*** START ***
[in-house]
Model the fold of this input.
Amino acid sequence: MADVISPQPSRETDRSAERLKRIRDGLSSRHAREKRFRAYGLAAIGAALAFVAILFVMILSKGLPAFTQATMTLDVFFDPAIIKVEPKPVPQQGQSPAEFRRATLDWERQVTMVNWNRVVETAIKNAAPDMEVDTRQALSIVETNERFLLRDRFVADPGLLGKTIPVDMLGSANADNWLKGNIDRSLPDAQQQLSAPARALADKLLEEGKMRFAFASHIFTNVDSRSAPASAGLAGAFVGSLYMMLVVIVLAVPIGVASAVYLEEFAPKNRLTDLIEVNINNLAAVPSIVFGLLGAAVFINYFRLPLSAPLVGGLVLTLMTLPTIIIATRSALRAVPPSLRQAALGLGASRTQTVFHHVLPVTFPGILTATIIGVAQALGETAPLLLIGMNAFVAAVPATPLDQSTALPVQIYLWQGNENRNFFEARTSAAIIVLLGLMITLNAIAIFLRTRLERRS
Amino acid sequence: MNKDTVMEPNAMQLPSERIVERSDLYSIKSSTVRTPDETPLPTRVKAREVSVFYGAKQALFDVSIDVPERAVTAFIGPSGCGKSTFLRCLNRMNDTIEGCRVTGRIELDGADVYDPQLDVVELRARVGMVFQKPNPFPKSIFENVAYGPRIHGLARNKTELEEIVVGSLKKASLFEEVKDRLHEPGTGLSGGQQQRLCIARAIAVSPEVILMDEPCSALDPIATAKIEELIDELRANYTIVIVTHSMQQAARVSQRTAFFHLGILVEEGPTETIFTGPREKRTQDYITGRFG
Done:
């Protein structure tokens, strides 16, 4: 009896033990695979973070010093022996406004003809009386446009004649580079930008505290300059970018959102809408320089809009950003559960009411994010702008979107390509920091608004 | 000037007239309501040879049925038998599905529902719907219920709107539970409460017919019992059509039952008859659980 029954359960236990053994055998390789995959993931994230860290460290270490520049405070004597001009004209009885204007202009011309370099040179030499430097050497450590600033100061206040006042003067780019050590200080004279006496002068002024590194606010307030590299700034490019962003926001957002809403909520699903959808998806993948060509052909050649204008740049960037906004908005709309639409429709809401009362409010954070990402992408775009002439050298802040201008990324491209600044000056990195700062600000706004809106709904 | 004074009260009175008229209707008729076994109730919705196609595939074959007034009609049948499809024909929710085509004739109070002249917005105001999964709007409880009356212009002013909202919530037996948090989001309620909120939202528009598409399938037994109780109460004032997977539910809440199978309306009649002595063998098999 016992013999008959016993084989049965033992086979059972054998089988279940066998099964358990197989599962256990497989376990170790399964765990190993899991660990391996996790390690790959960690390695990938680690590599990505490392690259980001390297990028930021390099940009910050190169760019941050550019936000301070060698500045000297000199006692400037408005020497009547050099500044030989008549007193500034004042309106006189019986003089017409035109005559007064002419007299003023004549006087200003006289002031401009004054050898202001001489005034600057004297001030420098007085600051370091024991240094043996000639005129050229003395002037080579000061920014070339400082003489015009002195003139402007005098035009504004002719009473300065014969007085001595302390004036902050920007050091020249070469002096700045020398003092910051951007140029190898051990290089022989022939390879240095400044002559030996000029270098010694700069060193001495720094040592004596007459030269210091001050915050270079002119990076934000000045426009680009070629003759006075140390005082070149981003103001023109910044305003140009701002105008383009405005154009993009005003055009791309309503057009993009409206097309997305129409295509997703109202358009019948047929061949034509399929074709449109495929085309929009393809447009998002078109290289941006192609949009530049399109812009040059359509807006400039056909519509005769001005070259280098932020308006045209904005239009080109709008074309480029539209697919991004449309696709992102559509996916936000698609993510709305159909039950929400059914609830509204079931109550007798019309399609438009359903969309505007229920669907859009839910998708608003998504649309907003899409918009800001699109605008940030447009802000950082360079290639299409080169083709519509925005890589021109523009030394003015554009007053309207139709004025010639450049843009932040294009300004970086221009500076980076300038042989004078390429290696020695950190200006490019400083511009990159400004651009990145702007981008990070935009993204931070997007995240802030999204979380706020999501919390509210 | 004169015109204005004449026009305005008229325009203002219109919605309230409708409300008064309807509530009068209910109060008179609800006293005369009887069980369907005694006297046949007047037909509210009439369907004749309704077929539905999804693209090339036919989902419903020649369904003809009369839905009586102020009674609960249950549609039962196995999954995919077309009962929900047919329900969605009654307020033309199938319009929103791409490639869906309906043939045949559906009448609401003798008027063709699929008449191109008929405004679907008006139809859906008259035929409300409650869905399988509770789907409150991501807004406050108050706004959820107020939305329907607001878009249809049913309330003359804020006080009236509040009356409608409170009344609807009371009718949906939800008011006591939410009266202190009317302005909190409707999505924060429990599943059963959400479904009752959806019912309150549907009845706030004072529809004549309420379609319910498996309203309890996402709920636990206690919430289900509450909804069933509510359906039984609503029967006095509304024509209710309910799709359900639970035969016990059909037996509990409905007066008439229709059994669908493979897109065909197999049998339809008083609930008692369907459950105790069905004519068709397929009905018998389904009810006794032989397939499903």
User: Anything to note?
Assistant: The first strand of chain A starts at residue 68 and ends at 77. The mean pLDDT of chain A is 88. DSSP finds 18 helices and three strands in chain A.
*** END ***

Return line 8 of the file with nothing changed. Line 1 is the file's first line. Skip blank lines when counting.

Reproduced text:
Assistant: The first strand of chain A starts at residue 68 and ends at 77. The mean pLDDT of chain A is 88. DSSP finds 18 helices and three strands in chain A.